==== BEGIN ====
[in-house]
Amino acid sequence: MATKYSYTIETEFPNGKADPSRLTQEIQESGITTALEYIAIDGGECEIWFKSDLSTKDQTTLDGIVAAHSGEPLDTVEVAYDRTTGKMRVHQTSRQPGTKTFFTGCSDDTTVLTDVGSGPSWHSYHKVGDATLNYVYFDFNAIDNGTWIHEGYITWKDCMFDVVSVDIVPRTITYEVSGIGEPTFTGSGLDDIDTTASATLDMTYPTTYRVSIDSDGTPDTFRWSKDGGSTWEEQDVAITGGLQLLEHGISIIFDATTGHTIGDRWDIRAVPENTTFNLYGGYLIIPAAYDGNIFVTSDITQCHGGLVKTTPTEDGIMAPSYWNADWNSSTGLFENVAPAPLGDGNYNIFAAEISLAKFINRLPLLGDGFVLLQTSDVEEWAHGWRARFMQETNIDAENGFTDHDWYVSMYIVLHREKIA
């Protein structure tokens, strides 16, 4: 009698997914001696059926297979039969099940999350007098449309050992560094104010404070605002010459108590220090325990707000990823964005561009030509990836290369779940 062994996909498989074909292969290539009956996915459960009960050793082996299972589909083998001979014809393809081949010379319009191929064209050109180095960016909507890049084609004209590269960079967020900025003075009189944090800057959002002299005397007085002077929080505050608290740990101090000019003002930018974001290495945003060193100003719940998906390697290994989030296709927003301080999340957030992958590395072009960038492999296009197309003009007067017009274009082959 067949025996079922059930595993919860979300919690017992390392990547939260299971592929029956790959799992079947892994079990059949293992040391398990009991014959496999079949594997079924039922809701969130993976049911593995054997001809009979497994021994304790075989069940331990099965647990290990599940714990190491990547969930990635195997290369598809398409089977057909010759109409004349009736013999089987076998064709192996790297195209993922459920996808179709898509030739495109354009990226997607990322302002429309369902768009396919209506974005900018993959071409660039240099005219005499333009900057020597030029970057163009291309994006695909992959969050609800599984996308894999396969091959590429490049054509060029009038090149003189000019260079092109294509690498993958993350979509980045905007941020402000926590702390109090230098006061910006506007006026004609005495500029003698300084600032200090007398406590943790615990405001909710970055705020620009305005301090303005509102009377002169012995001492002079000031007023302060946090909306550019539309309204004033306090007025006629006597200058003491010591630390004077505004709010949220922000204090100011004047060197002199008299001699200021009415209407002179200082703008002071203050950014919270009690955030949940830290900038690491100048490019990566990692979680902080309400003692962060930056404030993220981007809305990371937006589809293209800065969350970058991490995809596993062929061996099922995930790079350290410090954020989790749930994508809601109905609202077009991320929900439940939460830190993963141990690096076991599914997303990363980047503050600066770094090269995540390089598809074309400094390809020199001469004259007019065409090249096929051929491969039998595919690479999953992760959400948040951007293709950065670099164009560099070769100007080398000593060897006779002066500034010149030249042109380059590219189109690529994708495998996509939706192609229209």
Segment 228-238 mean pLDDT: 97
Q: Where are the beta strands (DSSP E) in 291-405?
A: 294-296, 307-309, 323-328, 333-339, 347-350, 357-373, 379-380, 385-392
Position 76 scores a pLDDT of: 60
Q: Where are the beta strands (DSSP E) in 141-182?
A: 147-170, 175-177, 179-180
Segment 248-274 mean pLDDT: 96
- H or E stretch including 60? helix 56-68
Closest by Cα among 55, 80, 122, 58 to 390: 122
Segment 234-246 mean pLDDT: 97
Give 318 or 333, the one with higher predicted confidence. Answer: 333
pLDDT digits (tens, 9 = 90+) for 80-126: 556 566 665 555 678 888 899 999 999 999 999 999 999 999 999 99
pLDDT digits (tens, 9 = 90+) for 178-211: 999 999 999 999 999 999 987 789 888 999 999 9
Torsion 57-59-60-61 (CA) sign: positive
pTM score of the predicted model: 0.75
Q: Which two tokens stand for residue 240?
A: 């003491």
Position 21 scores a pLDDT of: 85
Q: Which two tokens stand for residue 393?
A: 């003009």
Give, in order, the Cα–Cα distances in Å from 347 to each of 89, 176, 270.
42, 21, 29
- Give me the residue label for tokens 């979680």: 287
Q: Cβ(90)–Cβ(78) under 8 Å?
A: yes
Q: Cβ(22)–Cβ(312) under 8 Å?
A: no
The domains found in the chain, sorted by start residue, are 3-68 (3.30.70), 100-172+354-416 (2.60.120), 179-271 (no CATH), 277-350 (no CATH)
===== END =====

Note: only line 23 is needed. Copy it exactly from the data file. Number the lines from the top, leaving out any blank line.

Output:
A: 């003009």